// Do something to throw or handle error. See Error object.
               Error error = new Error();
               //get first error
               List<Object> errors = (List<Object>)responseMap.get('Errors');
               if (!errors.isEmpty()) {
                   error.error_message = (String)((Map<String, Object>)errors[0]).get('error_message');
                   error.error_code = (String)((Map<String, Object>)errors[0]).get('error_code');
               result.Error = error;
           // If API call was successfull.
           if (res.statusCode == 200) {
               PaymentIntent pi = new PaymentIntent();
               // ...parse valuable data like the Payment Intent Id of your call that's stable accross all FinDock communication like webhooks... 
               pi.Id = (String)responseMap.get('Id');
               // ...and maybe some additional information like Payment method and Processor used
               Map<String, Object> paymentMethodMap = (Map<String, Object>)responseMap.get('PaymentMethod');
               if (paymentMethodMap != null) {
                   pi.PaymentMethod = new PaymentMethod();
                   pi.PaymentMethod.Name = (String)paymentMethodMap.get('Name');  
                   pi.PaymentMethod.Processor = (String)paymentMethodMap.get('Processor');
               // ...but most important: the Redirect URL to the Hosted Payment Page of the Processor!
               pi.RedirectUrl = (String)responseMap.get('RedirectURL');
               result.paymentIntent = pi;
           // Return the result to your LWC
           return result;

User interaction and payment execution

Now that we have a way for our Flow to interact with the Payment API, we build a Flow FinDock_Community_Payment_Invocables.

In this Flow, we first create a Screen with input fields for:

  • An amount
  • A minimal set of personal details to create a Contact or Account; in this example, first name, last name and email
  • A payment method

Since we’re in an authenticated environment where we know the user, we can get many of these details, and even the preferred payment method, from Salesforce. If we also know what the customer would like to pay, we can pre-fill these details, or – if there’s an existing Installment in the system – send an InstallmentId to the Payment API instead.

Our Flow screen looks something like this:

Now that we have our input values, we can create a new Action from our Apex Method and map the input variables to the Invocable Variables of the Apex Action.

Response handling

Now that we have executed our API call, we need to handle the response and help our user complete the payment based on their payment method choice.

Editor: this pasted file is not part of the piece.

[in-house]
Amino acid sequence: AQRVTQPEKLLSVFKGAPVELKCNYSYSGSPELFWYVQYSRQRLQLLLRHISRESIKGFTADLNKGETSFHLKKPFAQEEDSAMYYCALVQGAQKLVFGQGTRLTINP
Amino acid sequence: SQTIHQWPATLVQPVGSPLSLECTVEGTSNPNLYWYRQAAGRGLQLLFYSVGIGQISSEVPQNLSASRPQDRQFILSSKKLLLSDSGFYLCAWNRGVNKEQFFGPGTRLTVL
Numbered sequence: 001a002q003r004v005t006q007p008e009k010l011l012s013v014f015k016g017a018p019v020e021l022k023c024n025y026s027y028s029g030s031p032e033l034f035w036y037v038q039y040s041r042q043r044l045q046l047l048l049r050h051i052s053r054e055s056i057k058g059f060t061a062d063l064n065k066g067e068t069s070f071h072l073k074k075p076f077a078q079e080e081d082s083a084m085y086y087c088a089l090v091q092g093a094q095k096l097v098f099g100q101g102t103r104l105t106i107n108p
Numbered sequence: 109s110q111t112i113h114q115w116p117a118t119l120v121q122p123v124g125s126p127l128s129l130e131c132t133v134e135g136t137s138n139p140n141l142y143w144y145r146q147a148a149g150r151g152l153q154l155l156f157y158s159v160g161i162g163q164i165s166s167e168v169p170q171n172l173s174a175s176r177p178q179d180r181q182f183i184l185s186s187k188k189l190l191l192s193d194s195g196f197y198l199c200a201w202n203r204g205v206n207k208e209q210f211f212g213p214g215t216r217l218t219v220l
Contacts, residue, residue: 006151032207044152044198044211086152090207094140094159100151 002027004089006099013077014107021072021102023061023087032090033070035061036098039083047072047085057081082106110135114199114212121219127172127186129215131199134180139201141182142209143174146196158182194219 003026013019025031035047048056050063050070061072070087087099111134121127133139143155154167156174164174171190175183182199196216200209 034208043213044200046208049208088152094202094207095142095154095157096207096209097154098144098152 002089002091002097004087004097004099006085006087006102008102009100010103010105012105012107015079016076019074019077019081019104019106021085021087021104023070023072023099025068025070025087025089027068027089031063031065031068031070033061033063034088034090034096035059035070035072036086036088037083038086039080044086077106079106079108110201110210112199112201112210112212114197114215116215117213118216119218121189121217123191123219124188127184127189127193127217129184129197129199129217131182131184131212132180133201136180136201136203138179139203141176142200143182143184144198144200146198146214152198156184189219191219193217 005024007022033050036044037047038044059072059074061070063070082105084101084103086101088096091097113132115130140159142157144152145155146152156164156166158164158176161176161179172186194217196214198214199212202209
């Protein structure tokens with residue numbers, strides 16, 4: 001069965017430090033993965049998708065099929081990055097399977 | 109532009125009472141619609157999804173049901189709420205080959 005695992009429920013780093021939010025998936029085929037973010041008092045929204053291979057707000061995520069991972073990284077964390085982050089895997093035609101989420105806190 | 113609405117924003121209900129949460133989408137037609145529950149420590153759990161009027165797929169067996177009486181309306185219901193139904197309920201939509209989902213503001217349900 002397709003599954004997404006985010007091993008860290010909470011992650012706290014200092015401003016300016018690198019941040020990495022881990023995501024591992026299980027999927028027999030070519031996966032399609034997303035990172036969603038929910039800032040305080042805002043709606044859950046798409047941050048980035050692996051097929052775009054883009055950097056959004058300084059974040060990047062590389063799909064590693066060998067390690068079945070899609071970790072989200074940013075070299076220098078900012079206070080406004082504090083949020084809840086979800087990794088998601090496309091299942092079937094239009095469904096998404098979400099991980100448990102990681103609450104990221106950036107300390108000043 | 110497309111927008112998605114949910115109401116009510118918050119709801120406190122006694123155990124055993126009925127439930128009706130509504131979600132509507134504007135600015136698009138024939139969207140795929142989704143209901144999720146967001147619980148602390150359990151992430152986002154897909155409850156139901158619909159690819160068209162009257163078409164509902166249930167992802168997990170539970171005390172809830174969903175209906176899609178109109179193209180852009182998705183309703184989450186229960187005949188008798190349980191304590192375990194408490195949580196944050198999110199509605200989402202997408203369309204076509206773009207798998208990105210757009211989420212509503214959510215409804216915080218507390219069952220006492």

First, we set the `RedirectURL` and the `Status` of the API call from the response.

Next, based on whether the status is 200 OK or 4xx or 5xx NOT OK, we send the user to an error page with additional instructions, or to a screen with a URL to the Hosted Payment Page of the PSP.

Some payment method and processor combinations don’t require a redirect to a Hosted Payment Page, like SEPA and Bacs direct debit through FinDock. In such cases, we can go directly to the Success URL.

In the end, your entire Flow should look something like this:

Adding the Flow to your Salesforce Community

Our Flow is done, but unlike Lightning Web Components they cannot be added directly to a Community page (at least not yet). To launch our payment form, we need an Aura component. We create an Aura component `FinDockCommunityPaymentActionInvocablesFlow` with at least a Component file .cmp  and a Controller .js

In the `FinDockCommunityPaymentActionFlow.cmp` file, we specify that the Aura component may be used in a Community by implementing the `forceCommunity:availableForAllPageTypes` interface, and we set the Id of our Flow.

<aura:component implements="forceCommunity:availableForAllPageTypes" access="global">
   <aura:handler name="init" value="{!this}" action="{!c.init}" />
   <lightning:flow aura:id="FinDockCommunityPaymentInvocablesFlow" />

In our Controller `FinDockCommunityPaymentActionFlow.js`, we set this Id and find the Flow in the Org by it’s Id.

   init : function (component) {
       // Find the component whose aura:id is "flowData"
       var flow = component.find("FinDockCommunityPaymentInvocablesFlow");
       // In that component, start your flow. Reference the flow's API Name.

Now your form is ready to be launched! Simply drag the Aura component on a Salesforce Community page and publish.

NOTE: To be able to collect payments, the Site Guest User of your Community needs the right permissions. Make sure to assign the following permissions to this user:

  • FinDock Guest User permission set.
  • The permission set(s) for the payment processors you are using.
  • Access to the Apex Action you created.

Even less code: Let the Flow decide what to do with the API

Using Invocable Variables means you need to define all possible variables in your Apex Class. To avoid code changes after the first implementation, you can define a very broad list of fields to use. Another way of making the integration between the Flow and the Apex Action more flexible is to define all the API logic outside of the Flow.

Instead of passing specific Invocable variables, you can create a formula field that creates an API message and pass that to a single Invocable Variable.

Make sure to get all the string tags right! 

   "SuccessURL": "",
   "FailureURL": "",
   "Payer": {
       "Contact": {
           "SalesforceFields": {
               "FirstName": "'&{!name.firstName}&'",
               "LastName": "'&{!name.lastName}&'",
               "Email": "'&{!email.value}&'"
   "OneTime": {
       "Amount": " '&TEXT({!amount})&'"
   "PaymentMethod": {
       "Name": "'&{!payment_method_choice}&'"

A full example of the required Apex Action to handle this can be found in the repository as FinDockCommunityAction.cls with Flow flow/FinDockCommunityPayment.flow-meta.xml.

If you would like to learn more about how to use the Payment API, please visit our Knowledge Base.